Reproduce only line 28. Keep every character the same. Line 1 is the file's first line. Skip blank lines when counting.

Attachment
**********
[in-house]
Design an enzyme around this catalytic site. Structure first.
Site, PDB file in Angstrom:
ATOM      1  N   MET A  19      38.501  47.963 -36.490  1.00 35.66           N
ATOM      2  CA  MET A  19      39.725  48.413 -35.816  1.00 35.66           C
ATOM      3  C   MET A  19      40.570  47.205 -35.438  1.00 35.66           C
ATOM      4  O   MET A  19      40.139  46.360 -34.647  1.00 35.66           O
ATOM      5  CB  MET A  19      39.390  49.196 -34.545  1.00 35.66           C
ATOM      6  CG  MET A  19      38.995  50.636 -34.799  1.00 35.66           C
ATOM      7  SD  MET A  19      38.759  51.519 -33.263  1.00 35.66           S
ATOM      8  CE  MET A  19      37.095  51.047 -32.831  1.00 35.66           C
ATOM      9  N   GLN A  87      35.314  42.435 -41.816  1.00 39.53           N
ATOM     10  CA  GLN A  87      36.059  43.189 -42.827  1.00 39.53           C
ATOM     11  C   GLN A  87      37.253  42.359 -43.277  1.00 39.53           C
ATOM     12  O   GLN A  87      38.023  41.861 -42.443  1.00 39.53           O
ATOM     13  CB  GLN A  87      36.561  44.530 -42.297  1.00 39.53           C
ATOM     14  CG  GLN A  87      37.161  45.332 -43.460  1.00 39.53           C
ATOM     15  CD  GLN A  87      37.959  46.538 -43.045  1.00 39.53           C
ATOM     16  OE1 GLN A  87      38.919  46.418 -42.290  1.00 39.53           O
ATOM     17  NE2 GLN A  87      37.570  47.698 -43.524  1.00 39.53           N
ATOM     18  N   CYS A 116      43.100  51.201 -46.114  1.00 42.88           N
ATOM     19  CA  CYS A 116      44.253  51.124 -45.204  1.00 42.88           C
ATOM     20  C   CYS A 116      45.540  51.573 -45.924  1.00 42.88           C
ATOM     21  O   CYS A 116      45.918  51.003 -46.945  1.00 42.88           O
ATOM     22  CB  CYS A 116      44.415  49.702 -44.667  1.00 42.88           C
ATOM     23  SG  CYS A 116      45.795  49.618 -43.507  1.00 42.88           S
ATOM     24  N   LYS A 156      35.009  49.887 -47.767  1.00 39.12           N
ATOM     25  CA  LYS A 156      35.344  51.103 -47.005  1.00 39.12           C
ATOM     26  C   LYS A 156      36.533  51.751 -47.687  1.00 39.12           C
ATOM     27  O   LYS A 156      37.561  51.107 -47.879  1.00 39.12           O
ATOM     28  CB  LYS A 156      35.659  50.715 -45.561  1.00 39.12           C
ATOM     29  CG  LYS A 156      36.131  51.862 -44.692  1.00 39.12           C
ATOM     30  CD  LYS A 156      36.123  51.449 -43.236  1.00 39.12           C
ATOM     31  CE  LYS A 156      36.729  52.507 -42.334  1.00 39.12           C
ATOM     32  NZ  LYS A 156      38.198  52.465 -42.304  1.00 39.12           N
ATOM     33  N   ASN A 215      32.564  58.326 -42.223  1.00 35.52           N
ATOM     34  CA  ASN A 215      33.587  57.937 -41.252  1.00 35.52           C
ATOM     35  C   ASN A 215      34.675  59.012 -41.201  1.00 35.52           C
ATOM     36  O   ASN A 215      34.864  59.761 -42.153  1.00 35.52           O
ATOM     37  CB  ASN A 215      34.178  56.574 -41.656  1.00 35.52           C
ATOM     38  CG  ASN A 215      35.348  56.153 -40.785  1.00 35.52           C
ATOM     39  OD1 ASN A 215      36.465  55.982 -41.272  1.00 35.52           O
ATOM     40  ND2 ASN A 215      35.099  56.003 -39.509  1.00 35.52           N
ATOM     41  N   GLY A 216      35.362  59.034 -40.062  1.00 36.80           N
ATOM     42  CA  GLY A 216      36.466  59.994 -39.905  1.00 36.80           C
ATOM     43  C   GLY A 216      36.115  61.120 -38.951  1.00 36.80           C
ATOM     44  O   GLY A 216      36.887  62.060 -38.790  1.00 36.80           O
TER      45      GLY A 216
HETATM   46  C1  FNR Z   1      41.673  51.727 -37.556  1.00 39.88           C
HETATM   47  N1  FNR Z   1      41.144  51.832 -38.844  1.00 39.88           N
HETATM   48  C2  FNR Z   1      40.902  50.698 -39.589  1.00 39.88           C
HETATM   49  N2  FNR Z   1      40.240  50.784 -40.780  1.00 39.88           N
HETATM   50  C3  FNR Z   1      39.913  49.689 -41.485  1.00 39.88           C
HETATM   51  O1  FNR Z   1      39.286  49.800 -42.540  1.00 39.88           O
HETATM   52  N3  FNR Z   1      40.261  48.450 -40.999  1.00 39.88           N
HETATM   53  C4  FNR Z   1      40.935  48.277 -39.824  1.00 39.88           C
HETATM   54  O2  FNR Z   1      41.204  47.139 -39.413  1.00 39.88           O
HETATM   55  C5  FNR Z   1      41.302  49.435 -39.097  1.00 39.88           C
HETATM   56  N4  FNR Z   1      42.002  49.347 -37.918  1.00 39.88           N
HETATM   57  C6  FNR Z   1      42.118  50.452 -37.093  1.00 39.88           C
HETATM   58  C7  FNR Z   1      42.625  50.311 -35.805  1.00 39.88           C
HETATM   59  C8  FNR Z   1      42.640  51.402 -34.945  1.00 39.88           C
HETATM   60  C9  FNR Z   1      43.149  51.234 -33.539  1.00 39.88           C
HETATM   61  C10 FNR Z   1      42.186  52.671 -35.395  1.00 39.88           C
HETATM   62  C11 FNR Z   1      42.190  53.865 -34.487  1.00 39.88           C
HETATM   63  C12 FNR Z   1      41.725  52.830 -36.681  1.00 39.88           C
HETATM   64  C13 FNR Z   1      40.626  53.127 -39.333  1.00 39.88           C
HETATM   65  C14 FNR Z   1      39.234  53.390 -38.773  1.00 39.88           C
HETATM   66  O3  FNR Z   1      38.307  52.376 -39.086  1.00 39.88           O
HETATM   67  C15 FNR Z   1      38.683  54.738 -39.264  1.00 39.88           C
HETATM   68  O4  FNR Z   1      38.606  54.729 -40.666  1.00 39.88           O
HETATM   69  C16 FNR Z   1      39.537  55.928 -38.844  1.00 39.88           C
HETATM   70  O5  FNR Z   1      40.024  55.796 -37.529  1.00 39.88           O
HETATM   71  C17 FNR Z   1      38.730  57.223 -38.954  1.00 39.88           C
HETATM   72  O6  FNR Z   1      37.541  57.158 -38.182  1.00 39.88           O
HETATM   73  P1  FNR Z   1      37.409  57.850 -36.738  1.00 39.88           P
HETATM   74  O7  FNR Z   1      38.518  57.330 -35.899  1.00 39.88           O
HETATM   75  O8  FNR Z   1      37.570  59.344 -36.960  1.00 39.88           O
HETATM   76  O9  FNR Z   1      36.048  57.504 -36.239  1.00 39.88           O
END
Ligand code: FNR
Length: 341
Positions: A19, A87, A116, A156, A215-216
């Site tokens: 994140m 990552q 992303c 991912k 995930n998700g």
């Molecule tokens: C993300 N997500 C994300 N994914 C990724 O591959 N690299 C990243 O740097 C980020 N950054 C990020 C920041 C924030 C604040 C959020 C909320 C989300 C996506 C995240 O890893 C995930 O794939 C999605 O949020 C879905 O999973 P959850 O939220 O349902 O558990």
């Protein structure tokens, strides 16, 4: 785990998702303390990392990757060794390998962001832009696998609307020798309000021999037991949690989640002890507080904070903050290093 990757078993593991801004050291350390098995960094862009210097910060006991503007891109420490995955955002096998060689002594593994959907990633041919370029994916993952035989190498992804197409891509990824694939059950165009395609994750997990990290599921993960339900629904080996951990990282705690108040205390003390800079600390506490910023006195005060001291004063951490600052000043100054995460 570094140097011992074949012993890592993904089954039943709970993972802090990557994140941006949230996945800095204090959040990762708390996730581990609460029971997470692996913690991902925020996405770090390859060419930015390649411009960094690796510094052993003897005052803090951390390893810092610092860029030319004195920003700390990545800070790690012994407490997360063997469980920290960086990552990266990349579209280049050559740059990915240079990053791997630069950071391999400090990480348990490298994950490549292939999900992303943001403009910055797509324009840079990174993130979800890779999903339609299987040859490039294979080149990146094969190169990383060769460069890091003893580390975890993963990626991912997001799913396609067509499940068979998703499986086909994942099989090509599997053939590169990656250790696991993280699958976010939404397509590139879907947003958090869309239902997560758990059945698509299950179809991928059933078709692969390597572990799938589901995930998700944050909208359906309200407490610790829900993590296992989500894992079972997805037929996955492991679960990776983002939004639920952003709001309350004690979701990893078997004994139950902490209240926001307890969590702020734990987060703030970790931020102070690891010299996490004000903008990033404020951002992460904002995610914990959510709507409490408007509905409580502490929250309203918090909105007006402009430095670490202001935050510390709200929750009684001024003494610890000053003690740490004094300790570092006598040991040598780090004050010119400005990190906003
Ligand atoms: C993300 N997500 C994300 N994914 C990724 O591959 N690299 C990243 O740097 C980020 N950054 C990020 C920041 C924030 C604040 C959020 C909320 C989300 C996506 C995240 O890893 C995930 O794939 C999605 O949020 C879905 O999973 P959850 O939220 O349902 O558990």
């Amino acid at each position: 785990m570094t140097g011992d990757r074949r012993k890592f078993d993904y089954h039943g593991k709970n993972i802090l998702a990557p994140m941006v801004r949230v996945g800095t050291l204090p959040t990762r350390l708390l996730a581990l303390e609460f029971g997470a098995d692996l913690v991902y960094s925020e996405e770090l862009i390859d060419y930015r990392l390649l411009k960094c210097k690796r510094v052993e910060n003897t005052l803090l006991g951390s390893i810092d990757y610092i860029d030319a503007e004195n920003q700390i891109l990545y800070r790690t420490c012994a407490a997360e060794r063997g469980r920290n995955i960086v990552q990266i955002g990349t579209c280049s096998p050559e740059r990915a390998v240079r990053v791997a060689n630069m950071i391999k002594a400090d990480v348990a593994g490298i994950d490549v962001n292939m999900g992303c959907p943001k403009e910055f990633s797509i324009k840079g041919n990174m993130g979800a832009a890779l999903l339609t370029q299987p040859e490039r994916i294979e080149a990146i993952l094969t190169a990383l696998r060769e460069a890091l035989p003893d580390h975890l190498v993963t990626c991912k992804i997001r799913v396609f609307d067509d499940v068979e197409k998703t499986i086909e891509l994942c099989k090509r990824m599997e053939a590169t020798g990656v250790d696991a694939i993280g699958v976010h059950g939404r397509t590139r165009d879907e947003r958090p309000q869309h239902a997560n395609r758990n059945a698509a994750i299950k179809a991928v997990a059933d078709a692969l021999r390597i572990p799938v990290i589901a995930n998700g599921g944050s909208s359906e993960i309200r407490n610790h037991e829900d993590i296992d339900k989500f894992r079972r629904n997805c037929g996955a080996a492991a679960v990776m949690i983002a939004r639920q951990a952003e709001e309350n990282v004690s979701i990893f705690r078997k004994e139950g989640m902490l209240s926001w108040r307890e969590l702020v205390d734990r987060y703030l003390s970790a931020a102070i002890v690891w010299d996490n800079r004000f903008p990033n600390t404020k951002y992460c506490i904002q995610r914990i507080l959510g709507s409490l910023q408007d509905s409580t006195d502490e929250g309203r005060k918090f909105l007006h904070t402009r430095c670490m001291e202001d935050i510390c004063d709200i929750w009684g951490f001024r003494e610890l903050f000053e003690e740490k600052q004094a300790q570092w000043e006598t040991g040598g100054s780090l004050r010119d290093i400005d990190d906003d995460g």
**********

ATOM     25  CA  LYS A 156      35.344  51.103 -47.005  1.00 39.12           C